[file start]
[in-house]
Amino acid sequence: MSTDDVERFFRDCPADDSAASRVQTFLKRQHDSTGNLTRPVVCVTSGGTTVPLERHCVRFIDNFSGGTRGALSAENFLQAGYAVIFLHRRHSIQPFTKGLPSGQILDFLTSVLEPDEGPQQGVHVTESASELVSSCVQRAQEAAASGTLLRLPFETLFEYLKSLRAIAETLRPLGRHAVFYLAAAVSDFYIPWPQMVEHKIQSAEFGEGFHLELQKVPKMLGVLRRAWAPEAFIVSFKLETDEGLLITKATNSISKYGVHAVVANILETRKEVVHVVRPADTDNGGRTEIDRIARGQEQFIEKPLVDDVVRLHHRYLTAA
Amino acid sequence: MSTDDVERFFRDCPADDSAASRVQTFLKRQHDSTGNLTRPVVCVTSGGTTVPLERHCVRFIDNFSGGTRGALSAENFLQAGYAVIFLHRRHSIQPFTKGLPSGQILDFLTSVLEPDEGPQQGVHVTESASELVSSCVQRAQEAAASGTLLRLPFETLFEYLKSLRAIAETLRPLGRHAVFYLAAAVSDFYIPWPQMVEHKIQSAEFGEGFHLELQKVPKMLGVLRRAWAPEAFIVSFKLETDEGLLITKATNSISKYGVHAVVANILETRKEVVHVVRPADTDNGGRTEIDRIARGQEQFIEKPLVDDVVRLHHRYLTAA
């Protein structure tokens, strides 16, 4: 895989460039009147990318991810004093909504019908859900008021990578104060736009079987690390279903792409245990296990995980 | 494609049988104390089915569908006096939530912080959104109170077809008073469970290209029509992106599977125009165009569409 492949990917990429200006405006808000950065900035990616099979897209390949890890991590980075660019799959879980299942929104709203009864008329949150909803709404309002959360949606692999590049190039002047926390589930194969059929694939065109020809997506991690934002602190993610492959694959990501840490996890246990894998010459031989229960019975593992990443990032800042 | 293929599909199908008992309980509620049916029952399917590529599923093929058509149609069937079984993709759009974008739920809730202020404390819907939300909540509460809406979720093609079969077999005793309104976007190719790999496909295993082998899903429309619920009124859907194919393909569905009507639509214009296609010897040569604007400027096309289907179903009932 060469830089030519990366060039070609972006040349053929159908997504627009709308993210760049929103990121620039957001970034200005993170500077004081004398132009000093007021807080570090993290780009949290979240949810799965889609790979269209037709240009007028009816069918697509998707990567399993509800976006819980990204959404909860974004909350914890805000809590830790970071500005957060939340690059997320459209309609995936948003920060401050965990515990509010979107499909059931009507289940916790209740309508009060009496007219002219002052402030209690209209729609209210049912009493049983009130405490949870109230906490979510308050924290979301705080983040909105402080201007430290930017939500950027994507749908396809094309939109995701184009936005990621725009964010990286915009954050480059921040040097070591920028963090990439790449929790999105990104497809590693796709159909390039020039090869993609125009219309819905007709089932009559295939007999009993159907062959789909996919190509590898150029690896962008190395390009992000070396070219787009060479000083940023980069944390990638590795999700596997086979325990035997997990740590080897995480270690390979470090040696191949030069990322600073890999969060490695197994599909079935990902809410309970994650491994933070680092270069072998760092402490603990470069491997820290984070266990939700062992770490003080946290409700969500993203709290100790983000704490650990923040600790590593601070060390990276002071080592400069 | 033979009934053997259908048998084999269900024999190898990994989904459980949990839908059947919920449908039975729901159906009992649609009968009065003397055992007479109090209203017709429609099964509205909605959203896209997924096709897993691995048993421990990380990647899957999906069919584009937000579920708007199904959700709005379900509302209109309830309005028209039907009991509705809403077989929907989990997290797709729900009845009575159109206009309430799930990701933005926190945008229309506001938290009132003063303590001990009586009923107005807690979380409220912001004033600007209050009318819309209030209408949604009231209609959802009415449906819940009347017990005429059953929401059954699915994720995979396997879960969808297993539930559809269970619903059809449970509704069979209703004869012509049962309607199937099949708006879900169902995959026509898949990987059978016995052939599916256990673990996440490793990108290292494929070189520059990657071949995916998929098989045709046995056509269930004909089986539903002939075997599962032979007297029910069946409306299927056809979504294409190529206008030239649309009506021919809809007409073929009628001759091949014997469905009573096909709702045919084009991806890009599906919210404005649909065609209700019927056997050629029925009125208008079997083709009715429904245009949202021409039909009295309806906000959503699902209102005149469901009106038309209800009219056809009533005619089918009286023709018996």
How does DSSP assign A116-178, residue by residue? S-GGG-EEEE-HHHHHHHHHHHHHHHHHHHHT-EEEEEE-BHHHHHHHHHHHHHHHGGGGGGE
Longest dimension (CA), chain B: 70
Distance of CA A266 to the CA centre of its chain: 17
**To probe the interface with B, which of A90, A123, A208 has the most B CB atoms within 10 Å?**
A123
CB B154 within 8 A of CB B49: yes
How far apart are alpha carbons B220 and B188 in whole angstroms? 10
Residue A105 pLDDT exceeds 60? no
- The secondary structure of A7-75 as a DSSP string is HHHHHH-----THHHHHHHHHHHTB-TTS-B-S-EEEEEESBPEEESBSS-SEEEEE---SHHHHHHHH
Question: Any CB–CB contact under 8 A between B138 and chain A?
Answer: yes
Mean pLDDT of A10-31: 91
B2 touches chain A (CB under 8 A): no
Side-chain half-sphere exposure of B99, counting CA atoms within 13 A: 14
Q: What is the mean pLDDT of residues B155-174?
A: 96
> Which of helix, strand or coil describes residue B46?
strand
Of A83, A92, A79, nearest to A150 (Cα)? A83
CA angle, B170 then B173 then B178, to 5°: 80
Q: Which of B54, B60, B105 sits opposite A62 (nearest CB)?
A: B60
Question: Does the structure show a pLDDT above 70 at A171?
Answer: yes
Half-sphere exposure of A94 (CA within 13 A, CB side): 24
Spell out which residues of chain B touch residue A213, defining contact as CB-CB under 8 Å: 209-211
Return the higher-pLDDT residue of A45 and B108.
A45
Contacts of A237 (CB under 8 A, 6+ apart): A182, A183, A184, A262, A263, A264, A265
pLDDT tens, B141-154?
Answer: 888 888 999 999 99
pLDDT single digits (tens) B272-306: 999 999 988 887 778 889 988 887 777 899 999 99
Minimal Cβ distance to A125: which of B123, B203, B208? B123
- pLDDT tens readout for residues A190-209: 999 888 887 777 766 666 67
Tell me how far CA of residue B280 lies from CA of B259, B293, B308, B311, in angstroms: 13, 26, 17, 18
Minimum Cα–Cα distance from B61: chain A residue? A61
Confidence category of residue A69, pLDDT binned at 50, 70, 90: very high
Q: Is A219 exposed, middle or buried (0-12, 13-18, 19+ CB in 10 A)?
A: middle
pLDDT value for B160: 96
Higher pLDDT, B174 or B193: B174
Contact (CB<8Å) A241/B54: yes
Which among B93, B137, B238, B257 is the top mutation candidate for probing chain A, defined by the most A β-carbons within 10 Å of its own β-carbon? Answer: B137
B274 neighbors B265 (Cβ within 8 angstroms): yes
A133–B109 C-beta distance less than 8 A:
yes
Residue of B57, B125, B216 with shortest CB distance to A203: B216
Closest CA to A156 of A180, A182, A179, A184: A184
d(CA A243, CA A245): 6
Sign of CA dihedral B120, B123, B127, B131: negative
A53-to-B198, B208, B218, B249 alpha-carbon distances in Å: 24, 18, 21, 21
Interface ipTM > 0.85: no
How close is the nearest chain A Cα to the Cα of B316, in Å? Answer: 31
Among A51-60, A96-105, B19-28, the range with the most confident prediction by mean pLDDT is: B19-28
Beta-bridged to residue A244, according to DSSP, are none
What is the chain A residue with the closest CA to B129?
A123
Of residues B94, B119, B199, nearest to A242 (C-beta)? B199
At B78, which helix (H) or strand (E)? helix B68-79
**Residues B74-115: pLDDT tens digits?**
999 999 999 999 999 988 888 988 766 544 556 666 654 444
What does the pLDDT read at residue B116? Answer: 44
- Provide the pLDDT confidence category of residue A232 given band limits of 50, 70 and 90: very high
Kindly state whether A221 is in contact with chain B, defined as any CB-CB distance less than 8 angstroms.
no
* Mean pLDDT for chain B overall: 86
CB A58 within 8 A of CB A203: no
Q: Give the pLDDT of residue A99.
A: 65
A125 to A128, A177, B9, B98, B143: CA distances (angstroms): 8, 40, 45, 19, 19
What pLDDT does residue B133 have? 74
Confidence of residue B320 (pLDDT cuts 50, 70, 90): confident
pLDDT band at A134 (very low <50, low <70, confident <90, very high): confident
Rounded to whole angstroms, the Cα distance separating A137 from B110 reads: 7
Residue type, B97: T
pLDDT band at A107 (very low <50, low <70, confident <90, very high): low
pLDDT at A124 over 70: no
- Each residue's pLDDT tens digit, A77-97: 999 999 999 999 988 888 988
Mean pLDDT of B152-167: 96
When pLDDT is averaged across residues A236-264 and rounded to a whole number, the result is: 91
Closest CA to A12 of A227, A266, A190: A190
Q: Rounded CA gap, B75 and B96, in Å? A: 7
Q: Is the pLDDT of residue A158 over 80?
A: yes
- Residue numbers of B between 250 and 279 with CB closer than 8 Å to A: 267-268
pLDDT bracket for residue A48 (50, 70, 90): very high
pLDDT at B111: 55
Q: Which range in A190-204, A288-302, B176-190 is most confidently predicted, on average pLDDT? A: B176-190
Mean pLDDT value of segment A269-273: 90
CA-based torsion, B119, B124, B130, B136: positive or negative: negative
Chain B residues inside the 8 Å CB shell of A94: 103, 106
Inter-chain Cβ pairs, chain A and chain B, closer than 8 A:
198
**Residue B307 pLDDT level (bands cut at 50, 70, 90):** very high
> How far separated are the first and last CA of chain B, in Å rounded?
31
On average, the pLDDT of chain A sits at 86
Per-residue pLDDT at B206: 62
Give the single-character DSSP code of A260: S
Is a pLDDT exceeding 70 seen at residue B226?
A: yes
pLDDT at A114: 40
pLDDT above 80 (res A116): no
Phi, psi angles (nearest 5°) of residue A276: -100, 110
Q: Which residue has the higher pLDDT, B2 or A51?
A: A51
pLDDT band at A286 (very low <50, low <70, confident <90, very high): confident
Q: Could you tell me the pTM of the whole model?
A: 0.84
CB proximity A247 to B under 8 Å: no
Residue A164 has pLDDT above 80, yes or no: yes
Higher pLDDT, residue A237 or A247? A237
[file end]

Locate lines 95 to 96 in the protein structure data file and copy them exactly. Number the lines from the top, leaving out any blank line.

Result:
Chain B residues inside the 8 Å CB shell of A94: 103, 106
Inter-chain Cβ pairs, chain A and chain B, closer than 8 A: